In addition, the Saudis have also demanded that Qatar end all contact with Iran, speaking to bin Salman’s aggressive brinkmanship with the Islamic Republic. Prior to becoming Crown Prince, bin Salman had said that dialogue with Iran, i.e. a diplomatic solution to disagreements, was “impossible” and has hinted at a Saudi pre-emptive strike against Iran, stating that “We won’t wait for the battle to be in Saudi Arabia. Instead, we’ll work so that the battle is for them in Iran.”

While bin Salman has publicly stated that he will not push for war with Iran since he became Crown Prince, Iran doesn’t seem so sure. After bin Salman’s hawkish comments on Iran, the Iranian Defense Minister Hossein Dehghan stated that “If the Saudis do anything ignorant, we will leave no area untouched except Mecca and Medina.” Then, after terror attacks targeted the heart of Tehran a month later in early June, Iran’s intelligence community accused Saudi Arabia of involvement, vowing revenge. The Islamic State, a terrorist organization known to be directly funded by the Saudi kingdom, took credit for the attack in Tehran.

Some experts agree with Iran’s concern that bin Salman’s growing power will lead to more war, not less. For instance, Shirleen Hunter, professor of political science at Georgetown University, believes that bin Salman’s appointment and forthcoming ascension to the throne “means that Saudi Arabia’s hardline approach towards the war in Yemen as well towards Iran will continue.” In an interview with the Tehran Times, she added that “relations with Iran, in particular, could seriously deteriorate as Bin Salman might increase destabilizing efforts inside Iran.”

Coupled with rising domestic dissent and economic damage resulting from the artificial manipulation of oil prices and the high cost of the war in Yemen, bin Salman – though eager to gain power – will likely find himself in a perfect storm. Though many young Saudis see bin Salman as a potential reformer, his history of warmongering and making rash decisions suggests that he is set to unravel the power balance that has allowed the Saudi kingdom to maintain its influence in the Middle East for so long.

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Trump Has Gifted “No More Wars” Policy Position To Bernie Sanders (Video)

The Duran Quick Take: Episode 148.

Alex Christoforou

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RT CrossTalk host Peter Lavelle and The Duran’s Alex Christoforou discuss how US President Donald Tump appears to have ceded his popular 2016 ‘no more wars’ campaign message and policy position to Bernie Sanders and any other US 2020 candidate willing to grad onto a non-interventionist approach to the upcoming Democrat primaries.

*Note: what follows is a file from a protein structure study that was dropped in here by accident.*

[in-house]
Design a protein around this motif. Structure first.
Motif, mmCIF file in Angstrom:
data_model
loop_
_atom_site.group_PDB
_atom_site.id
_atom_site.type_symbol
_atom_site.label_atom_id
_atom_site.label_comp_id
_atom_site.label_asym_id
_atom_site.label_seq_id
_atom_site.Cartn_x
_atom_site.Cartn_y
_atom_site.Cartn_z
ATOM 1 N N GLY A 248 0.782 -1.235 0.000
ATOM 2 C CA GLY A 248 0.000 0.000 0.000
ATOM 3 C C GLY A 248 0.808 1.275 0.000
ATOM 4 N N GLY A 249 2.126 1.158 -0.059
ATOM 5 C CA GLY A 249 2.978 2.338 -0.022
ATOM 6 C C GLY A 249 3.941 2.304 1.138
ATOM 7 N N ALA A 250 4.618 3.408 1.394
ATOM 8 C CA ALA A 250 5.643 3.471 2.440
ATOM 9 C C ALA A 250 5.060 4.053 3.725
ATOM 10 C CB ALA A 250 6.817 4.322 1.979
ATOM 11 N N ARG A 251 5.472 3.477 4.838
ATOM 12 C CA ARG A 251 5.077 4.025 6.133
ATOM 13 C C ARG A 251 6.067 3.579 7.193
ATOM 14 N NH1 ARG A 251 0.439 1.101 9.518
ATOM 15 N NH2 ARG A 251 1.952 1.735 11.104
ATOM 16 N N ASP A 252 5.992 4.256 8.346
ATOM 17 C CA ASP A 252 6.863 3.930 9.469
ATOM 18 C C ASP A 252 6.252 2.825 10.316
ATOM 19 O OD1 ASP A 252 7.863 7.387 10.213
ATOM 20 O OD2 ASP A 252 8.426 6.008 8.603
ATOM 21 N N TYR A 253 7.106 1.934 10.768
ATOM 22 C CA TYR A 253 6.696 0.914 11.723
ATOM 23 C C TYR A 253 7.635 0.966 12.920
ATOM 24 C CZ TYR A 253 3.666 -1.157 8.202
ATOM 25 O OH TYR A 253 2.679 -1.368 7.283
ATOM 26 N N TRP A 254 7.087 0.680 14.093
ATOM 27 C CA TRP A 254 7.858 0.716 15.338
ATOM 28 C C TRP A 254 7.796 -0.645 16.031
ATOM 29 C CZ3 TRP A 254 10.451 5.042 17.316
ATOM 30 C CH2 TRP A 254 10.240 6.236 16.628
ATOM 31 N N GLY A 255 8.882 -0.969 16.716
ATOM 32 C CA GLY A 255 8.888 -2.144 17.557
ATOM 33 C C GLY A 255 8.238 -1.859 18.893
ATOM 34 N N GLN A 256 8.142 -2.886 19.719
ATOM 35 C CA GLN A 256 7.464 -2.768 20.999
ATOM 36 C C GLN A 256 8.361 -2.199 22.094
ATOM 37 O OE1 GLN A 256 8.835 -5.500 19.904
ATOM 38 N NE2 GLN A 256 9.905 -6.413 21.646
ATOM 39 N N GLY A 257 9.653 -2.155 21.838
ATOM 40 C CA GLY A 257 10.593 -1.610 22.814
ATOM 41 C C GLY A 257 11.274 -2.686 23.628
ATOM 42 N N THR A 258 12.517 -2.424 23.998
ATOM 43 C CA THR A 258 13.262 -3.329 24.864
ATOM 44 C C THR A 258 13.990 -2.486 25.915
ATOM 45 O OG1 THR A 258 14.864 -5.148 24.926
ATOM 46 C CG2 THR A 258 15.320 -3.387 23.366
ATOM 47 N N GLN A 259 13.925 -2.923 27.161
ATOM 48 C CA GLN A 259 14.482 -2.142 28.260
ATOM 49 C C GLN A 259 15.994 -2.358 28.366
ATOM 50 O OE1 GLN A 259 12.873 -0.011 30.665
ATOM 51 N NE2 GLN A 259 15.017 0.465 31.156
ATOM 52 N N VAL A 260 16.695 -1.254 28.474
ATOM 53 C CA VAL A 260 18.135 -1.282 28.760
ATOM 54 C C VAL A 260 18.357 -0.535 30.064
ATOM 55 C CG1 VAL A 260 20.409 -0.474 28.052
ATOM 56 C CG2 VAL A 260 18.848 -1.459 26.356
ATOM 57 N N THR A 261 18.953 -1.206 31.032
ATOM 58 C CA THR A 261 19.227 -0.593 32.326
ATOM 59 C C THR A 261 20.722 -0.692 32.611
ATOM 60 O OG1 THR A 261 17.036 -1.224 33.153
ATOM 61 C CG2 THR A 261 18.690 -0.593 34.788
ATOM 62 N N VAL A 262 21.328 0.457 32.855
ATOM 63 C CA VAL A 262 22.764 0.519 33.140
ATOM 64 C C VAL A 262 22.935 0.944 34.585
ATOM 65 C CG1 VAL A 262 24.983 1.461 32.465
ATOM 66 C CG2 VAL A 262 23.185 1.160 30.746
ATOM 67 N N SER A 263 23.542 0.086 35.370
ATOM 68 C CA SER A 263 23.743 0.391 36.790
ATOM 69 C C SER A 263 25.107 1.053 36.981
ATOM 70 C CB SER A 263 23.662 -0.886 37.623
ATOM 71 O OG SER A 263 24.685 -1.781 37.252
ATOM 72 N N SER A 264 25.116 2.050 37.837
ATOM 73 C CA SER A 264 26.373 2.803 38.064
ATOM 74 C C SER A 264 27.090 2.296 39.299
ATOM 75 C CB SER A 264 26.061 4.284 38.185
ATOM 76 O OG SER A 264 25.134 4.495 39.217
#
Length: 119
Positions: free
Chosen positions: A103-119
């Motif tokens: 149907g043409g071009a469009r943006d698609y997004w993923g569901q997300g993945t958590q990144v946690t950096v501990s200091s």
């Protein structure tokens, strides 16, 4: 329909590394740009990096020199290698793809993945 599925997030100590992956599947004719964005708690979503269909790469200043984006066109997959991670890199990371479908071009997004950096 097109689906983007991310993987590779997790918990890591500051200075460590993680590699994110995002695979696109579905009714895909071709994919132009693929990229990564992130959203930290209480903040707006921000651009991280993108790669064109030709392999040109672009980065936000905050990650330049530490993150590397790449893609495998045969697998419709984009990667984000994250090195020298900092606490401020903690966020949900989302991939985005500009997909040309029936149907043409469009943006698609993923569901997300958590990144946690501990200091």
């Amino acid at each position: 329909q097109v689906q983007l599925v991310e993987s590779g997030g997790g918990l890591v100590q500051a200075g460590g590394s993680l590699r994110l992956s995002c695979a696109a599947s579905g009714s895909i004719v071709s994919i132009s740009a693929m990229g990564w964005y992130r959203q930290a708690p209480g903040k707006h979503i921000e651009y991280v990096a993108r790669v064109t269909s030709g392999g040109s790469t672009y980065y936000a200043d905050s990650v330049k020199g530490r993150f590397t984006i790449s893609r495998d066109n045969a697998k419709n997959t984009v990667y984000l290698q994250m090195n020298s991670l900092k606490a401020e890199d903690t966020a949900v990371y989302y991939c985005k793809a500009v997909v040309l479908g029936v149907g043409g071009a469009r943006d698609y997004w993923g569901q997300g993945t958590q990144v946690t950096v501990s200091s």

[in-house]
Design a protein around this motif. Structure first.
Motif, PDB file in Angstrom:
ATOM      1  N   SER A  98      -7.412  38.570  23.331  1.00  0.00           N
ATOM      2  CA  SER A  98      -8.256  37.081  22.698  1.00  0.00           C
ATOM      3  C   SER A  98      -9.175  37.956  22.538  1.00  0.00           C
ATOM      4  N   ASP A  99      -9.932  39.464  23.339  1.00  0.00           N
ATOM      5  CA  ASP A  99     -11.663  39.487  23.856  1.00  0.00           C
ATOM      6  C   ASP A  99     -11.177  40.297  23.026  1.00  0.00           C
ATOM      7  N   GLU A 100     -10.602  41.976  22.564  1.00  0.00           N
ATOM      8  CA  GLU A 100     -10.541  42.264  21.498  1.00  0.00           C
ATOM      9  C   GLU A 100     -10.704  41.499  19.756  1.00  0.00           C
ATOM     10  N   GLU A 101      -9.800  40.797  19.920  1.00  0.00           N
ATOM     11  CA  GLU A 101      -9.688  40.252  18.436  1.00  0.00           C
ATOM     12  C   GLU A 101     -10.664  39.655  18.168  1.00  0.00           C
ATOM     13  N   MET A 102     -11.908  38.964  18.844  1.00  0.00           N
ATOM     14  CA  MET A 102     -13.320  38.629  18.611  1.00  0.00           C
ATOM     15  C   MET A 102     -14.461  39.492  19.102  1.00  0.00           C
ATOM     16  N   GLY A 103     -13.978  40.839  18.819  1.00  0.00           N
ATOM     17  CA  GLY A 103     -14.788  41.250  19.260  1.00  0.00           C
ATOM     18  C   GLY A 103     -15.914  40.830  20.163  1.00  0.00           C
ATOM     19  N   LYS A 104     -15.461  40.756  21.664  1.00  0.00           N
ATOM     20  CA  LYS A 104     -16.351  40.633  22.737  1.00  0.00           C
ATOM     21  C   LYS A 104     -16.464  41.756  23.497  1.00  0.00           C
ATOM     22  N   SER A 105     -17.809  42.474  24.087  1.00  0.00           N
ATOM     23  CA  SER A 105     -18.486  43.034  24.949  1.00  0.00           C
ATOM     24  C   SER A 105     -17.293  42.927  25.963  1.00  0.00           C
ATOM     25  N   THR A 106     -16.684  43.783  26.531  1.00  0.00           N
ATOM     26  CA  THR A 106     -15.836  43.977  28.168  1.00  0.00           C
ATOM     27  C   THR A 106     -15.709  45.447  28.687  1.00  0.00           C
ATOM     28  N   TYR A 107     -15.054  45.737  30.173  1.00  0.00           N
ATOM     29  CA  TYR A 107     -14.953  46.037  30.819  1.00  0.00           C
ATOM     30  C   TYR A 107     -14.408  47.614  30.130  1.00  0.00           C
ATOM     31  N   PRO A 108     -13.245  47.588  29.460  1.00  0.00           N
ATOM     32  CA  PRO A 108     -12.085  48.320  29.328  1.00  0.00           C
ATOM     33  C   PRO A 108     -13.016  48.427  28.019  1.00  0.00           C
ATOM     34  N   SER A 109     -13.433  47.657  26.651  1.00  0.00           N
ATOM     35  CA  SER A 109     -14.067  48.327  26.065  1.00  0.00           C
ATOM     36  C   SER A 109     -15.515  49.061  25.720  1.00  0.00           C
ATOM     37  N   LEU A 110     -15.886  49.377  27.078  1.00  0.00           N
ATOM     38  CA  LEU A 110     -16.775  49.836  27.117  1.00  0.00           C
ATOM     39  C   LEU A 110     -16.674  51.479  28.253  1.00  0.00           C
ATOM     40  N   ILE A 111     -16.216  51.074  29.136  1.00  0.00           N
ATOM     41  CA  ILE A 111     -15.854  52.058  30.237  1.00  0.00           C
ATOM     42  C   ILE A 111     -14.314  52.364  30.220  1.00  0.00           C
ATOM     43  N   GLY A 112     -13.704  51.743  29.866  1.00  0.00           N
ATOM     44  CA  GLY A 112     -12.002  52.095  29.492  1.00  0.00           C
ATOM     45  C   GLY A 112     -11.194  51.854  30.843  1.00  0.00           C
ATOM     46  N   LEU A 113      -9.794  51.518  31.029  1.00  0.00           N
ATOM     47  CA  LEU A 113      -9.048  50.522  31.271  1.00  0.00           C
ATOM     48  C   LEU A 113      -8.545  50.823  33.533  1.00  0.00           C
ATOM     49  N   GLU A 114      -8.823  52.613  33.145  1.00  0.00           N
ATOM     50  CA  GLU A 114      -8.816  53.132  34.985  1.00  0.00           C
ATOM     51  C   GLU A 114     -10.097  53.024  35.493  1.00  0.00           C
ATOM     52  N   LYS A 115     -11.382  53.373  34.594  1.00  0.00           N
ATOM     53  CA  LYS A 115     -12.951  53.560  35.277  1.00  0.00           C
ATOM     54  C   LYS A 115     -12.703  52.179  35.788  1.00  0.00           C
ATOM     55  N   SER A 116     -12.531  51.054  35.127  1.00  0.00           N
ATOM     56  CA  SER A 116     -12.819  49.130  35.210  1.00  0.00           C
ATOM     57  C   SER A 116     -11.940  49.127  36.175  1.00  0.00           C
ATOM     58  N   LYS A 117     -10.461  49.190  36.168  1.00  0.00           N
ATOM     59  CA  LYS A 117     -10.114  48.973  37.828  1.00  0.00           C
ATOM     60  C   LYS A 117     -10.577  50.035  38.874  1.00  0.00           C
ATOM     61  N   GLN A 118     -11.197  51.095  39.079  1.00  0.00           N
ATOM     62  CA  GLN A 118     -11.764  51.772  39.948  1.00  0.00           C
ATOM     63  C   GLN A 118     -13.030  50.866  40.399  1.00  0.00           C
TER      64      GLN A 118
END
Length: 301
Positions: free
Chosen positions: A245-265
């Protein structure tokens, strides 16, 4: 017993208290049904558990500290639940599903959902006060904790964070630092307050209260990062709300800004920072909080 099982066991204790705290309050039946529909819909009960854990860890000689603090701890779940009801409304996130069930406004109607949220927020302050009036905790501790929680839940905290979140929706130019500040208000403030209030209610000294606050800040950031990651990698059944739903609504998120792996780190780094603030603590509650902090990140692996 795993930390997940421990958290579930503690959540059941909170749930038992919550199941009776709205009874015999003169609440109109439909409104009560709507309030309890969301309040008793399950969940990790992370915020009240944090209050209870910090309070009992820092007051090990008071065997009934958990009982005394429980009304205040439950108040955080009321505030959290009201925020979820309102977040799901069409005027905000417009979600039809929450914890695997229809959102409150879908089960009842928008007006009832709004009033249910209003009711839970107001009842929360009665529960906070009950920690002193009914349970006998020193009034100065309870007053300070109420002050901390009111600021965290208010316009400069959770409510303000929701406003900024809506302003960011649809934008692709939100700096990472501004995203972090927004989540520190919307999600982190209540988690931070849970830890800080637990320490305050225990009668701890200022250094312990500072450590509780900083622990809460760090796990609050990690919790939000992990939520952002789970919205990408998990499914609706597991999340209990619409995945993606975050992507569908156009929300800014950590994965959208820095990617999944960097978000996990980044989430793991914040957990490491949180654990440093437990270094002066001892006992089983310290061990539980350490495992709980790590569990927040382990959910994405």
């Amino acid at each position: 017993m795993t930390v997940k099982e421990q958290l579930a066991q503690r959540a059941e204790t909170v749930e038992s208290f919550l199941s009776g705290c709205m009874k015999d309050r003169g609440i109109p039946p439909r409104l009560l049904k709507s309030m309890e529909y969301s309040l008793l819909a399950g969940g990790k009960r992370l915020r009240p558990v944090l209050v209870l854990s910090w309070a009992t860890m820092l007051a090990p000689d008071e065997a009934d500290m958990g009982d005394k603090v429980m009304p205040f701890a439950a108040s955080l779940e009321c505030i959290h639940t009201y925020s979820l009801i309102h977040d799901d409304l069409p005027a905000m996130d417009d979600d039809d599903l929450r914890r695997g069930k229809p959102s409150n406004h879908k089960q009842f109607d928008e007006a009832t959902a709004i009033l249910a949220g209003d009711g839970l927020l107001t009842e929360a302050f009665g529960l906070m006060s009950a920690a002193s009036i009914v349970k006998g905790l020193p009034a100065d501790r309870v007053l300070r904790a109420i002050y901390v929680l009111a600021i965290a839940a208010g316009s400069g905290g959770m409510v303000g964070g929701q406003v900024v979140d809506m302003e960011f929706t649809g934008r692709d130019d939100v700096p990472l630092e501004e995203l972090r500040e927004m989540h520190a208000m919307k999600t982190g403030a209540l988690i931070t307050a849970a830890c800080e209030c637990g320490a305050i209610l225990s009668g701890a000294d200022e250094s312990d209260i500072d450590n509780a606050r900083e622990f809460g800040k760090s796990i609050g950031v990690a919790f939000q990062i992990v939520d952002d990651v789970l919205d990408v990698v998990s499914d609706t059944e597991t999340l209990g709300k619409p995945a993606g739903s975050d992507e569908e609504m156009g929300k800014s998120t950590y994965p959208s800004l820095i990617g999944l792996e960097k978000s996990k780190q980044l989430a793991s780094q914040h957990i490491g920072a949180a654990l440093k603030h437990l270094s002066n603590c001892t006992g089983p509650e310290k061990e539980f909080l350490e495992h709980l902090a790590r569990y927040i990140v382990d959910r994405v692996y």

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“Is Bernie Stealing Trump’s ‘No More Wars’ Issue?” by Patrick J. Buchanan…


The center of gravity of U.S. politics is shifting toward the Trump position of 2016.

“The president has said that he does not want to see this country involved in endless wars… I agree with that,” Bernie Sanders told the Fox News audience at Monday’s town hall meeting in Bethlehem, Pennsylvania.

Then turning and staring straight into the camera, Bernie added:

“Mr. President, tonight you have the opportunity to do something extraordinary: Sign that resolution. Saudi Arabia should not be determining the military or foreign policy of this country.”

Sanders was talking about a War Powers Act resolution that would have ended U.S. involvement in the five-year civil war in Yemen that has created one of the great humanitarian crises of our time, with thousands of dead children amidst an epidemic of cholera and a famine.

Supported by a united Democratic Party on the Hill, and an anti-interventionist faction of the GOP led by Sens. Rand Paul and Mike Lee of Utah, the War Powers resolution had passed both houses of Congress.

But 24 hours after Sanders urged him to sign it, Trump, heeding the hawks in his Cabinet and National Security Council, vetoed S.J.Res.7, calling it a “dangerous attempt to weaken my constitutional authorities.”

With sufficient Republican votes in both houses to sustain Trump’s veto, that should be the end of the matter.

It is not: Trump may have just ceded the peace issue in 2020 to the Democrats. If Sanders emerges as the nominee, we will have an election with a Democrat running on the “no-more-wars” theme Trump touted in 2016. And Trump will be left defending the bombing of Yemeni rebels and civilians by Crown Prince Mohammed bin Salman of Saudi Arabia.

Does Trump really want to go into 2020 as a war party president?

Does he want to go into 2020 with Democrats denouncing “Trump’s endless wars” in the Middle East? Because that is where he is headed.

In 2008, John McCain, leading hawk in the Senate, was routed by a left-wing first-term senator from Illinois, Barack Obama, who had won his nomination by defeating the more hawkish Hillary Clinton, who had voted to authorize the war in Iraq.